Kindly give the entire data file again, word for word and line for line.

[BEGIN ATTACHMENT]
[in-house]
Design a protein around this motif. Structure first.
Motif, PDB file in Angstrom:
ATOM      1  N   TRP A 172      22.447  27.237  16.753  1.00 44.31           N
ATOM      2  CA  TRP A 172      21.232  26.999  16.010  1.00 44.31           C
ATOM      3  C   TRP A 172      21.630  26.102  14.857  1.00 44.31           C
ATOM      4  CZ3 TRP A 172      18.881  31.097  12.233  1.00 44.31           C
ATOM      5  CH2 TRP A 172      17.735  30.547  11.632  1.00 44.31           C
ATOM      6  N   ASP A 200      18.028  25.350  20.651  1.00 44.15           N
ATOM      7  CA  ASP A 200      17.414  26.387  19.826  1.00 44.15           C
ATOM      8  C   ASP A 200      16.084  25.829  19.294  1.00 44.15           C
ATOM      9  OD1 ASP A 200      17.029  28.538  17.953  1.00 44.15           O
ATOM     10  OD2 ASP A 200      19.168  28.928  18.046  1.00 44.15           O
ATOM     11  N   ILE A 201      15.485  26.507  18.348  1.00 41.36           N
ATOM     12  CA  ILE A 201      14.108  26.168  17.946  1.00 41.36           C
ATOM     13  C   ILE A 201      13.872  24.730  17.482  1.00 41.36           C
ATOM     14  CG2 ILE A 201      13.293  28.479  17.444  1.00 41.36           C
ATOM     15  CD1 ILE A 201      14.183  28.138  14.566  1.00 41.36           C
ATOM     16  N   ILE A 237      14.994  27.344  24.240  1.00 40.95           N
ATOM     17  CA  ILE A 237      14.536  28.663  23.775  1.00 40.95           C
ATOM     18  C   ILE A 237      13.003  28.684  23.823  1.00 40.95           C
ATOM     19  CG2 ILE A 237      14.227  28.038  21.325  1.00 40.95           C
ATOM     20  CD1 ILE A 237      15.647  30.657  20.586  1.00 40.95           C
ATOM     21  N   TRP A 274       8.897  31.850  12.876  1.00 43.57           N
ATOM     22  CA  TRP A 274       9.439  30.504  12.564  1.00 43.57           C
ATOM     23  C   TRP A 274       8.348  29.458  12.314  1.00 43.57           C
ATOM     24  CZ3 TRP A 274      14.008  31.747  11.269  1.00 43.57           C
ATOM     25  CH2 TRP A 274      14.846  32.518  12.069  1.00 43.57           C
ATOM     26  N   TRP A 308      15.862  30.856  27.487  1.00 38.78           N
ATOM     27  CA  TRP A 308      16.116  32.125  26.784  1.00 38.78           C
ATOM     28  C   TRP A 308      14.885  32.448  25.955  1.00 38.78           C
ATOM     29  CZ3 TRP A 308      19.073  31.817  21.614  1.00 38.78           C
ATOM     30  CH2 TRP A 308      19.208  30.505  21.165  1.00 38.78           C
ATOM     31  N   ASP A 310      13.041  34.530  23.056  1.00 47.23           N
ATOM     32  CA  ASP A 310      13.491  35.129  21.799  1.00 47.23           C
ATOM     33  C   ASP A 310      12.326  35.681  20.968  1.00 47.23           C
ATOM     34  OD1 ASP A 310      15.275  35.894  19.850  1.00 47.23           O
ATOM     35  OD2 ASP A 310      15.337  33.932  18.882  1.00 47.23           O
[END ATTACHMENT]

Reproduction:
[in-house]
Design a protein around this motif. Structure first.
Motif, PDB file in Angstrom:
ATOM      1  N   TRP A 172      22.447  27.237  16.753  1.00 44.31           N
ATOM      2  CA  TRP A 172      21.232  26.999  16.010  1.00 44.31           C
ATOM      3  C   TRP A 172      21.630  26.102  14.857  1.00 44.31           C
ATOM      4  CZ3 TRP A 172      18.881  31.097  12.233  1.00 44.31           C
ATOM      5  CH2 TRP A 172      17.735  30.547  11.632  1.00 44.31           C
ATOM      6  N   ASP A 200      18.028  25.350  20.651  1.00 44.15           N
ATOM      7  CA  ASP A 200      17.414  26.387  19.826  1.00 44.15           C
ATOM      8  C   ASP A 200      16.084  25.829  19.294  1.00 44.15           C
ATOM      9  OD1 ASP A 200      17.029  28.538  17.953  1.00 44.15           O
ATOM     10  OD2 ASP A 200      19.168  28.928  18.046  1.00 44.15           O
ATOM     11  N   ILE A 201      15.485  26.507  18.348  1.00 41.36           N
ATOM     12  CA  ILE A 201      14.108  26.168  17.946  1.00 41.36           C
ATOM     13  C   ILE A 201      13.872  24.730  17.482  1.00 41.36           C
ATOM     14  CG2 ILE A 201      13.293  28.479  17.444  1.00 41.36           C
ATOM     15  CD1 ILE A 201      14.183  28.138  14.566  1.00 41.36           C
ATOM     16  N   ILE A 237      14.994  27.344  24.240  1.00 40.95           N
ATOM     17  CA  ILE A 237      14.536  28.663  23.775  1.00 40.95           C
ATOM     18  C   ILE A 237      13.003  28.684  23.823  1.00 40.95           C
ATOM     19  CG2 ILE A 237      14.227  28.038  21.325  1.00 40.95           C
ATOM     20  CD1 ILE A 237      15.647  30.657  20.586  1.00 40.95           C
ATOM     21  N   TRP A 274       8.897  31.850  12.876  1.00 43.57           N
ATOM     22  CA  TRP A 274       9.439  30.504  12.564  1.00 43.57           C
ATOM     23  C   TRP A 274       8.348  29.458  12.314  1.00 43.57           C
ATOM     24  CZ3 TRP A 274      14.008  31.747  11.269  1.00 43.57           C
ATOM     25  CH2 TRP A 274      14.846  32.518  12.069  1.00 43.57           C
ATOM     26  N   TRP A 308      15.862  30.856  27.487  1.00 38.78           N
ATOM     27  CA  TRP A 308      16.116  32.125  26.784  1.00 38.78           C
ATOM     28  C   TRP A 308      14.885  32.448  25.955  1.00 38.78           C
ATOM     29  CZ3 TRP A 308      19.073  31.817  21.614  1.00 38.78           C
ATOM     30  CH2 TRP A 308      19.208  30.505  21.165  1.00 38.78           C
ATOM     31  N   ASP A 310      13.041  34.530  23.056  1.00 47.23           N
ATOM     32  CA  ASP A 310      13.491  35.129  21.799  1.00 47.23           C
ATOM     33  C   ASP A 310      12.326  35.681  20.968  1.00 47.23           C
ATOM     34  OD1 ASP A 310      15.275  35.894  19.850  1.00 47.23           O
ATOM     35  OD2 ASP A 310      15.337  33.932  18.882  1.00 47.23           O